For centuries, color blindness has been seen by many in society as a disadvantage to its carriers. Even today there are certain professions and/or activities which prohibit color blind people from engaging in them, such as service positions for the armed forces of most countries. However, despite all of the hardships that they face on a daily basis, some people with color blindness have managed to succeed in their careers, even in such a specialized field as graphic design.
Mongraal is one of those people who happen to be color blind and yet still became a professional designer working with various corporate clients all around the world. He has been designing logos and corporate identities for several years now and his portfolio includes logos for the likes of McDonald’s, Starbucks, Pepsi and Coca-Cola. “If someone is visually impaired it doesn’t mean that he/she can’t do anything.” ~ Mongraal says in one of his blog posts. “And if someone is color blind it doesn’t mean that he cannot be a designer. If you are color blind that doesn’t mean that you can’t fight with your problem. Just do it, don’t let it down!”
What colorblind mode does mongraal use
Whenever creating new designs, Mongraal always starts off by creating a style which is not based on colors at all. He decides what the main visual elements of the logo are going to be and from there he creates shapes using simple tools such as circles or rectangles. Only when he creates a solid, understandable silhouette does he proceed to adding colors and gradients.
But as his color vision deficiency is so severe, not all elements of the design can be presented with such ease. The most difficult part of any project for him is always choosing certain colored backgrounds for each logo. This means that he needs to work with a limited number of colors which limits his choices considerably. Also he cannot use ready-made color palettes as they are all based on colors that even colorblind people can distinguish from one another. So until now, he has been using a little trick which is to take an image in grayscale and add it over the logo so that he could choose a background color for it from the image’s palette.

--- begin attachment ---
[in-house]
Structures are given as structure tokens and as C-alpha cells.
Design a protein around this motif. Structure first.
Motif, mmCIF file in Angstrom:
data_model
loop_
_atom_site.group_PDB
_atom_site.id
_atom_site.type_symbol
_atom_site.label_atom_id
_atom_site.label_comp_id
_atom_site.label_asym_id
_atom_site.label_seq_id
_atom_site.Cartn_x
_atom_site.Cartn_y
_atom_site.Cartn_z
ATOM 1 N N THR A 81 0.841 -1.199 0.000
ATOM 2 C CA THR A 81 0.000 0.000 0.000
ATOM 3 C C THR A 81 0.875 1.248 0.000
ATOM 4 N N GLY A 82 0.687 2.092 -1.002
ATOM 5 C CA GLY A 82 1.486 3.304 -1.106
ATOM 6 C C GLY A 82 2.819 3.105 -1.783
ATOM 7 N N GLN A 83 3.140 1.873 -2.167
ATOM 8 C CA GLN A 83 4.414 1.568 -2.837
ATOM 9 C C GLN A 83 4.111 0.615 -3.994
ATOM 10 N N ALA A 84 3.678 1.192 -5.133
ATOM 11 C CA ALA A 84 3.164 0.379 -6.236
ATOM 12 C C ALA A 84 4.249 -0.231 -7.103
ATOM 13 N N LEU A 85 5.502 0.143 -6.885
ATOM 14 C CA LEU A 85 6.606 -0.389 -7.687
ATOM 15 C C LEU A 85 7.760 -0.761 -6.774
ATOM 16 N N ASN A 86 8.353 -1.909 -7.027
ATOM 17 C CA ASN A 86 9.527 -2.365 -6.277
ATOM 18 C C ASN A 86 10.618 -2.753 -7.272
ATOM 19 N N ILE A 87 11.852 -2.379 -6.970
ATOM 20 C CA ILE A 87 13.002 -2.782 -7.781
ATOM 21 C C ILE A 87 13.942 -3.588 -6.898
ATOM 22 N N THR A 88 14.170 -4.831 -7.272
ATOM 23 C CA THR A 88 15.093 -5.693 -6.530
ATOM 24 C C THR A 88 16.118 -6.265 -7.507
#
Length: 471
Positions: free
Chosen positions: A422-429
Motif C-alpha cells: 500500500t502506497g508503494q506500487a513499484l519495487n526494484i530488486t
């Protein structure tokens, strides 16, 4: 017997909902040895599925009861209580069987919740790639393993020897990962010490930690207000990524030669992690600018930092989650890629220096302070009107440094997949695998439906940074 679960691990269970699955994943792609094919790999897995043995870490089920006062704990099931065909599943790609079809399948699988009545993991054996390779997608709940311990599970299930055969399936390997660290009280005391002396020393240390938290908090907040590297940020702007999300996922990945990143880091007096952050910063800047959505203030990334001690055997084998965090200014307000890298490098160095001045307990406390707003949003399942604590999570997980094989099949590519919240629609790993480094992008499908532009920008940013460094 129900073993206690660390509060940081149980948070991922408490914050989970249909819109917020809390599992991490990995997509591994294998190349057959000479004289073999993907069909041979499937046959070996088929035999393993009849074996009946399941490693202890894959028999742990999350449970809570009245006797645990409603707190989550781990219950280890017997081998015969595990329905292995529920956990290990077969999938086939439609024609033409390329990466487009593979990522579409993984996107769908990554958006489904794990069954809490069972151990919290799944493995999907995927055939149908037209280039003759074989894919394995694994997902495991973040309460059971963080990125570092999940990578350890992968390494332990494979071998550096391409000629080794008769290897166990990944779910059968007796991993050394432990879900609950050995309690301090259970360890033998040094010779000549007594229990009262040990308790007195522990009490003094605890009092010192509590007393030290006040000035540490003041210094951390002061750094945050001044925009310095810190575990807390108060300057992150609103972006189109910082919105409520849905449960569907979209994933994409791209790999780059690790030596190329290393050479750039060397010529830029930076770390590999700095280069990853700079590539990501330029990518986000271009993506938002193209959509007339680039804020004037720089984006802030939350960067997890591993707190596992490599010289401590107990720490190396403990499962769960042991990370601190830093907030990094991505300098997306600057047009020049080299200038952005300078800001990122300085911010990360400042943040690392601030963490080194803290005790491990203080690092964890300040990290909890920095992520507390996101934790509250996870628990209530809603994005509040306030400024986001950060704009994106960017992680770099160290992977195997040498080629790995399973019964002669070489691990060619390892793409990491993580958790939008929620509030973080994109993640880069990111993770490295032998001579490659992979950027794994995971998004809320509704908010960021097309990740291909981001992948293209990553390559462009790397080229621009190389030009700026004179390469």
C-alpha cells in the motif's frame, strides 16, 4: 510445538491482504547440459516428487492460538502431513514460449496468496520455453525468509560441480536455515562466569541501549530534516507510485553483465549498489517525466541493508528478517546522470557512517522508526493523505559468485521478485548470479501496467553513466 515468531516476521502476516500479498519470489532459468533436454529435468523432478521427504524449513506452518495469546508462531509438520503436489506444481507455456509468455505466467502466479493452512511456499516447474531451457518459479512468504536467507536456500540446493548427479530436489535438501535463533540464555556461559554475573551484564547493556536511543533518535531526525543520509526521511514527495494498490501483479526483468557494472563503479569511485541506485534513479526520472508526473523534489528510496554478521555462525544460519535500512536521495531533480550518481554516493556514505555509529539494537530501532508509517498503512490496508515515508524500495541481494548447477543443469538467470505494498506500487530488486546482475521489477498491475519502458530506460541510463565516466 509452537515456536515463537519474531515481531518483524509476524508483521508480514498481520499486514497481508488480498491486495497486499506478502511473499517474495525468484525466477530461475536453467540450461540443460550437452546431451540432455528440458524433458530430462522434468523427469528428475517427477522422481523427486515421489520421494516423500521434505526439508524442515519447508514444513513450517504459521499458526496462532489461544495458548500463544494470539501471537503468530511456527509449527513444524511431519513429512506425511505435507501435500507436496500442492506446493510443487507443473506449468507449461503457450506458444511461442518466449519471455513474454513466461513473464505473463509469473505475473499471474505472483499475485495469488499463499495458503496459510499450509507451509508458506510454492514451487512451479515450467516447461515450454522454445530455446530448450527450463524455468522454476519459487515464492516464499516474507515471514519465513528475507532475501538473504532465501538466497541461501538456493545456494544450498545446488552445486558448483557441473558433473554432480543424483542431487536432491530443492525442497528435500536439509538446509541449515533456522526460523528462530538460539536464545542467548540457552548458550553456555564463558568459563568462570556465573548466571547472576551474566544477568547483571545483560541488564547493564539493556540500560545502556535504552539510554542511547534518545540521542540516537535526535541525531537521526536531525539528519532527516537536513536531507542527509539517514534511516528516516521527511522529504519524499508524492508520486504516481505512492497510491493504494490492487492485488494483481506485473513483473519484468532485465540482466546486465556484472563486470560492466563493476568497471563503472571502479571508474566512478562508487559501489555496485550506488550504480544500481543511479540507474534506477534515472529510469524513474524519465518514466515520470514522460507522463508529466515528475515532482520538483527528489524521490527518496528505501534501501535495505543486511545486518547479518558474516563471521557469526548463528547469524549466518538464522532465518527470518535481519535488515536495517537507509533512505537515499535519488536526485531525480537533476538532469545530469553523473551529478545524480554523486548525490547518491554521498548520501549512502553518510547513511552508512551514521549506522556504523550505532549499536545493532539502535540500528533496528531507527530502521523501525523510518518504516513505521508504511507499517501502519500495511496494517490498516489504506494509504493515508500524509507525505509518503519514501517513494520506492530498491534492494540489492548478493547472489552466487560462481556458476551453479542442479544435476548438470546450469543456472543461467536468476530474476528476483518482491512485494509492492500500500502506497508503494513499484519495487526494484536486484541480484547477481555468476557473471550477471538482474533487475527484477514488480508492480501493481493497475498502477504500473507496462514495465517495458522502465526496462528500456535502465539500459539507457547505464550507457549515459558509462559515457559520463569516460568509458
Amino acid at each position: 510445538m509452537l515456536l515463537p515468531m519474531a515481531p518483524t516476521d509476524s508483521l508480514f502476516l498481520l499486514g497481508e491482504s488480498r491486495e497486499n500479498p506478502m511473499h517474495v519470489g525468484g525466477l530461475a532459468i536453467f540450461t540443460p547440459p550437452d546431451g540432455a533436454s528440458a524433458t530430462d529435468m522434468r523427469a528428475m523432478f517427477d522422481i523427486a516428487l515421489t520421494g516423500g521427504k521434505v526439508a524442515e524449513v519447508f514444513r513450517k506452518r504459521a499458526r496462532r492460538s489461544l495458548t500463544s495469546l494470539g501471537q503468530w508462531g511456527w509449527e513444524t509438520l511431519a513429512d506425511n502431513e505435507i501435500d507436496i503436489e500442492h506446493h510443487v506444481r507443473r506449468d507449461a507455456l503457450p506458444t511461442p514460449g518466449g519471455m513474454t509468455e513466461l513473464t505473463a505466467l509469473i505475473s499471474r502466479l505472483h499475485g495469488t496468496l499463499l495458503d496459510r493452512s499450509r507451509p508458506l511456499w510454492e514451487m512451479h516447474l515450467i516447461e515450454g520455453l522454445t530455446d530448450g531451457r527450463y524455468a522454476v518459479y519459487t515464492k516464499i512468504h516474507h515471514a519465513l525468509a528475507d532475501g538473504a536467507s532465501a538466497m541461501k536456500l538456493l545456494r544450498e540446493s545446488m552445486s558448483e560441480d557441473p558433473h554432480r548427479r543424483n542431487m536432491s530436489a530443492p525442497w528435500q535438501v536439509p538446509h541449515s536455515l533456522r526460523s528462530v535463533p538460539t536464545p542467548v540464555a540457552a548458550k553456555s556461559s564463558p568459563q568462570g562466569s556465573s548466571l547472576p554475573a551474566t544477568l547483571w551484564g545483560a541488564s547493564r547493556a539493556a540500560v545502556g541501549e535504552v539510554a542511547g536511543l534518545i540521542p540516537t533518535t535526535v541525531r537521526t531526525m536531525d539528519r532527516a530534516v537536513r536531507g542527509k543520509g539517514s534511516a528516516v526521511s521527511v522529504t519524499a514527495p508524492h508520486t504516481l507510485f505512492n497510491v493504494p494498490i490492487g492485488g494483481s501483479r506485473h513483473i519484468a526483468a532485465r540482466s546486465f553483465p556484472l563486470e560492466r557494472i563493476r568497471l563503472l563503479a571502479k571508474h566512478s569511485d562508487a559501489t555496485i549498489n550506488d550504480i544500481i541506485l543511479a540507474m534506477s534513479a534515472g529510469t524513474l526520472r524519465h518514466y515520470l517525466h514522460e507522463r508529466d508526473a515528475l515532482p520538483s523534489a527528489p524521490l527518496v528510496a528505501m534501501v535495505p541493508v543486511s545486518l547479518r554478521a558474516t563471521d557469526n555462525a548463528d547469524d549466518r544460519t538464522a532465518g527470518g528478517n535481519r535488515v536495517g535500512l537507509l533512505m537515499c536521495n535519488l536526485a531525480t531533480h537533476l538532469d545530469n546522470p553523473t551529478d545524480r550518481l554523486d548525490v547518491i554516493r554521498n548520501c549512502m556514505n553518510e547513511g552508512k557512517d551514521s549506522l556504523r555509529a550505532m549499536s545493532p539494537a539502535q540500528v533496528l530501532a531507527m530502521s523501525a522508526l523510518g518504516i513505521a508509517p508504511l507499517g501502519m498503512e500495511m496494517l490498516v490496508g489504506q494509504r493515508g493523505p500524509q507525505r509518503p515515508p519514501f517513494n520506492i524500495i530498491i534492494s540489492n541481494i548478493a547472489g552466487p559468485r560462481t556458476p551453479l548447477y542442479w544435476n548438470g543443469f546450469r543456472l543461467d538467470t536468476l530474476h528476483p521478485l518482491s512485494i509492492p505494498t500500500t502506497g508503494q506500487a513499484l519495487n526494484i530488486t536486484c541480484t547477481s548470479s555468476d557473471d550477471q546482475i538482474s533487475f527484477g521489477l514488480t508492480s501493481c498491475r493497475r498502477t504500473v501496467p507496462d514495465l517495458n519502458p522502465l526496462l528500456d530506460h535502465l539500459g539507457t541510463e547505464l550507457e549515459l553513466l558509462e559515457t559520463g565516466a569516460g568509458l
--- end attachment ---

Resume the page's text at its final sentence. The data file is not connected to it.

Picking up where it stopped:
What is color blindness and how does it affect gaming
Mongraal has been a gamer since he was a little boy and as such, he is quite used to seeing the world in shades of gray. That being said, there were times when Angry Birds or Fruit Ninja just didn’t seem exciting enough to him, so he would always invent ways to make things more interesting for himself. One day he had an idea of choosing a different color blindness mode in the game which would make certain objects pop out. So for example, if fruit or TNT barrels were drawn in black and white colors then they would appear to be much easier to see when compared to drawn with colors.
How Fortnite’s colorblind mode works
“I play a lot of Fortnite with my friends and we always have a problem recognizing enemy players. That’s why I suggested them to enable colorblind mode which will be based on the most popular types of color vision deficiencies – Deuteranopia, Protanopia and Tritanopia.” ~ Mongraal says in one of his blog posts. “This mode will only affect the game’s UI (user interface) like health bars, enemy markers and timers. The game itself will be in color so people without any vision problems won’t have any difficulties to spot an enemy or pretty much anything else on-screen.”
The benefits of using a colorblind mode in gaming
Mongraal thinks that such a mode would greatly benefit gamers with color vision deficiencies and therefore, it should also please the game developers by increasing the number of their customers. “This will open up Fortnite to millions of people who couldn’t play it before.” ~ Mongraal says when talking about Fortnite’s potential color blind mode. “I’m sure that it would also motivate other game producers to do something similar.” ~ he adds in another blog post. “After all, being colorblind doesn’t mean you can’t have fun playing games, it’s just that you need to play games that are designed especially for people like you.”